• I think you need to read what I wrote, and not what you are projecting. I simply responded to a post as to how I handle things. If you choose not to own, carry, or learn how to safely use a firearm, that is your choice. I legally own and legally carry one. If you don’t like it, too bad.

  5. My heart goes out to this man. I hope someone will send this very graphic story to one of the TV stations and/or The Seattle TImes. This is truly horrific. Sending peace and healing his way.

    • Can’t imagine any TV or news stations actually publishing this. Pit lobby backlash would be immense. Heck that fact that this happened on Christmas day yet we’re only just now hearing about it says a lot. The news stations are pushing the pro pit agenda. Most negativity will be hidden if it can. If anyone did pick it up, they’d likely leave the breed out :/

    • And maybe, just maybe, those Pitbull owners will begin to understand how very dangerous this breed is, after actually viewing this unprovoked attack. Hopefully they will put those two monsters down and never own another. Also tell their friends and family how shocking and horrifying this attack was and how completely unable they were to prevent it.

  6. Thank you to this survivor for sharing his story.

    It is scary because it can happen so quickly! It seems there are few public parks that don’t have pit bulls on or off leash…I often see them walking their owners. Several have lunged at me with that smiling pit bull face and as I ignore and walk away calmly but quickly, their owners are still explaining “it’s so friendly.,,wouldn’t hurt a fly!”

    It is disturbing that this menacing canine is so prevalent now and that public places like parks and restaurants are not safe. It is a strange world that rationalizes the presence of unpredictable uncontrollable predatory-type animals (bred that way by humans) in our midst and fights for the rights of a dog over that of a human. It is a symptom of a sick perversion in our culture where victims are ignored or blamed while the true perpetrators (in this case, pit bulls and their advocates) are praised and revered.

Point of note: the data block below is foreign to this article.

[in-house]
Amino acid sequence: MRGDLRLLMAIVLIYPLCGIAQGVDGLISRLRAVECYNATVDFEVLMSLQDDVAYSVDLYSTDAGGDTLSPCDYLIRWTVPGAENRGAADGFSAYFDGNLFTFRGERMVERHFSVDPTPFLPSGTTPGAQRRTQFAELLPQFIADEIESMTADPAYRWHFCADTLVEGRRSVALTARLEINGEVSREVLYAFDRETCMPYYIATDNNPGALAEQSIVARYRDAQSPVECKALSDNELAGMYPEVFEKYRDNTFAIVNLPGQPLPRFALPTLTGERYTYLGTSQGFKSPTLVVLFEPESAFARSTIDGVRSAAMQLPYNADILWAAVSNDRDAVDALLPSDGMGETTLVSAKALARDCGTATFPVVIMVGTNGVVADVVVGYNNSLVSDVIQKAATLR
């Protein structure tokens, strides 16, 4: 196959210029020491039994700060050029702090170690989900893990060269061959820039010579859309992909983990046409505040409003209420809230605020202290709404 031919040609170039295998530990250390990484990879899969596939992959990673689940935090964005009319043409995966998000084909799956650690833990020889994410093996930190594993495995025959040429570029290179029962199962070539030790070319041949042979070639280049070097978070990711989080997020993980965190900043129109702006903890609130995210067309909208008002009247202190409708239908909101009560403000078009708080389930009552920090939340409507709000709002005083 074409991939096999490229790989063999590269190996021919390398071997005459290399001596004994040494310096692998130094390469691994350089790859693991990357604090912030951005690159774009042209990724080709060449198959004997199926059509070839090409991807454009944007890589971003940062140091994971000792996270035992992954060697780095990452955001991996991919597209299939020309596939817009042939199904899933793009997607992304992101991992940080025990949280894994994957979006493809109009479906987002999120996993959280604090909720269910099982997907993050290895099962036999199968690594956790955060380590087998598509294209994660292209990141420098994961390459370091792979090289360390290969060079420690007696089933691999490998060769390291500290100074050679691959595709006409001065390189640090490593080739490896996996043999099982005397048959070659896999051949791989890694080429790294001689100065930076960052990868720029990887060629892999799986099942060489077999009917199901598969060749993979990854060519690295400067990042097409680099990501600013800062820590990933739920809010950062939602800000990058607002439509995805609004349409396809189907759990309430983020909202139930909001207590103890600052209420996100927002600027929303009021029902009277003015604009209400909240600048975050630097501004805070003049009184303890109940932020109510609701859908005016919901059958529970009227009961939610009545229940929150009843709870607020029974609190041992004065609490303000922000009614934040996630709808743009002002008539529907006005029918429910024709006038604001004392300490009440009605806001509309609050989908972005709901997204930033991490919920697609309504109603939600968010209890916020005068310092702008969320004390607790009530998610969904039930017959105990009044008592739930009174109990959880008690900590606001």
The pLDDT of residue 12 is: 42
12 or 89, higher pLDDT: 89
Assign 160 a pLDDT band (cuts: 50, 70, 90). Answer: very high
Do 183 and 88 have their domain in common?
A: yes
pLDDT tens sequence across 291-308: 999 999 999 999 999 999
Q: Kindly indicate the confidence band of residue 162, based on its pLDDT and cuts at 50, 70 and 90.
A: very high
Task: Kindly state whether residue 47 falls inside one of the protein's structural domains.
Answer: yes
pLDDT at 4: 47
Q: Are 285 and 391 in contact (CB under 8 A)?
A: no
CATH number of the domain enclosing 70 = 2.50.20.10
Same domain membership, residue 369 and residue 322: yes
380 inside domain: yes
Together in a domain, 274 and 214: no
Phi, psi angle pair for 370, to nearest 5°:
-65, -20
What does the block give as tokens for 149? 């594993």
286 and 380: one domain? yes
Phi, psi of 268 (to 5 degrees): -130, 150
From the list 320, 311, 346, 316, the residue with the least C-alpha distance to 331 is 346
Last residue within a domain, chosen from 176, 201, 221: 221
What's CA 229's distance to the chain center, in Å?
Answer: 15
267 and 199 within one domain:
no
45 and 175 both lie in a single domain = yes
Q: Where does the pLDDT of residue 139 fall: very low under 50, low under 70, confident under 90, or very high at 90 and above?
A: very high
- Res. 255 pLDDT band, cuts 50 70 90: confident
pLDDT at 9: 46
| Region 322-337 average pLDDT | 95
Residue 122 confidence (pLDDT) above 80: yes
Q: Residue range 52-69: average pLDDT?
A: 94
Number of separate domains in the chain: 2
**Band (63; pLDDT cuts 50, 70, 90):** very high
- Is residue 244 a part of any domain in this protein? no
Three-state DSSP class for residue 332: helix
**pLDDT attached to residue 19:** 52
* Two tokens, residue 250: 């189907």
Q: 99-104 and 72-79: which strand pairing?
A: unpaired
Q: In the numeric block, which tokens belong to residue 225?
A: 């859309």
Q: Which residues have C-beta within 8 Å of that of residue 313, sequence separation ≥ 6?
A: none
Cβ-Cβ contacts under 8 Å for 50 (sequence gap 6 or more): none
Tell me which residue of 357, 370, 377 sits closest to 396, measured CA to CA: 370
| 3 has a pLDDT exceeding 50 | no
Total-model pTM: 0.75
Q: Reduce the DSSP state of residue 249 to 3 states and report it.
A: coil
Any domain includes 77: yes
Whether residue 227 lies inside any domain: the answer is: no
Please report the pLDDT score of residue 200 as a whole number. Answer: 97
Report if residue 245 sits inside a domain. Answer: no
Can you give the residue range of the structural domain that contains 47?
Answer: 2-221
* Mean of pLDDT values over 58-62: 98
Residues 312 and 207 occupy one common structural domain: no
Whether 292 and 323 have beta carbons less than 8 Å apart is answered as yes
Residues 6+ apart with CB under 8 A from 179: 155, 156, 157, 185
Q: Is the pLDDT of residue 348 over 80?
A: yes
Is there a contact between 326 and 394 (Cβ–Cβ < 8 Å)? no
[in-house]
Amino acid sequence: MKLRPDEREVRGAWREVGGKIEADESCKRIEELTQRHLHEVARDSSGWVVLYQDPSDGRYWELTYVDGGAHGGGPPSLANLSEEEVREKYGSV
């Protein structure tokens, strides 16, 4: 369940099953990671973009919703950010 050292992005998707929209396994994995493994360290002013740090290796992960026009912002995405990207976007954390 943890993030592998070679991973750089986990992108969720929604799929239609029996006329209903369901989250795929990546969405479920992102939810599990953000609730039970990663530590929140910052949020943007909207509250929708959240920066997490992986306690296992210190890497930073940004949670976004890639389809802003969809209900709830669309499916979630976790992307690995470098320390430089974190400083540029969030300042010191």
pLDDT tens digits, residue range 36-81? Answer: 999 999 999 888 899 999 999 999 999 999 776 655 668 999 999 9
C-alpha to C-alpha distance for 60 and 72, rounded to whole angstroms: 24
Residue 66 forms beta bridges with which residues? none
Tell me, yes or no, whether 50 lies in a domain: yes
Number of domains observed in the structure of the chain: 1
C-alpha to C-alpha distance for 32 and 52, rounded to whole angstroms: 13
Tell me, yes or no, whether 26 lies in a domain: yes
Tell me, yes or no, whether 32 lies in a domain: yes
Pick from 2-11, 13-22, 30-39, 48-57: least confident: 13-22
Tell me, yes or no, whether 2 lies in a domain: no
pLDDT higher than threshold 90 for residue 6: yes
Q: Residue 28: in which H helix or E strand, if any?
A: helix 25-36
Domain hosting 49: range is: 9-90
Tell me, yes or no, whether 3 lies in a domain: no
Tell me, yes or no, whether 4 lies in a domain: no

• The owners also think that hiking trails in the wilderness are a great place to let their dogs run free…two came out of nowhere and jumped up on their hind legs with their paws on my chest in a rather remote trail in Florida, scaring me badly (having been attacked twice in my life). The owner called them down with the usual “they’re friendly” laugh at my fear.

  7. A former neighbor owned an aggressive pit bull.

    Every time I walked to the mailbox, this dog was on the other side of the fence snarling and barking at me.

    I was very disturbed because this dog could have easily jumped / scaled the fence.

    As a result, I purchased a handgun, took basic safety training and received my concealed carry permit.

    Now, I always carry. This is to protect me from unexpected dog attacks.

    I have since moved. Unfortunately two neighbors in the new neighborhood own aggressive pit bulls.

    Should any one of these dogs ever approach me in any way, I will not hesitate to kill them.

    I live in Florida where the ‘stand your ground’ laws apply to dogs as well as people.

  8. We wish you and Menno the best, Matthijs–I’m sorry this preventable tragedy happened to you and your lovely Samoyed. For some weird reasons, pitbulls *especially* hate sled dog types, I think it has to do with their friendly eye contact and active body language. The precise reasons that most other dog breeds get along so well with them.

    If? When? the pitbull propagandists come after you for seeking some justice, know that we are pro BSL here and and will always welcome you and yours.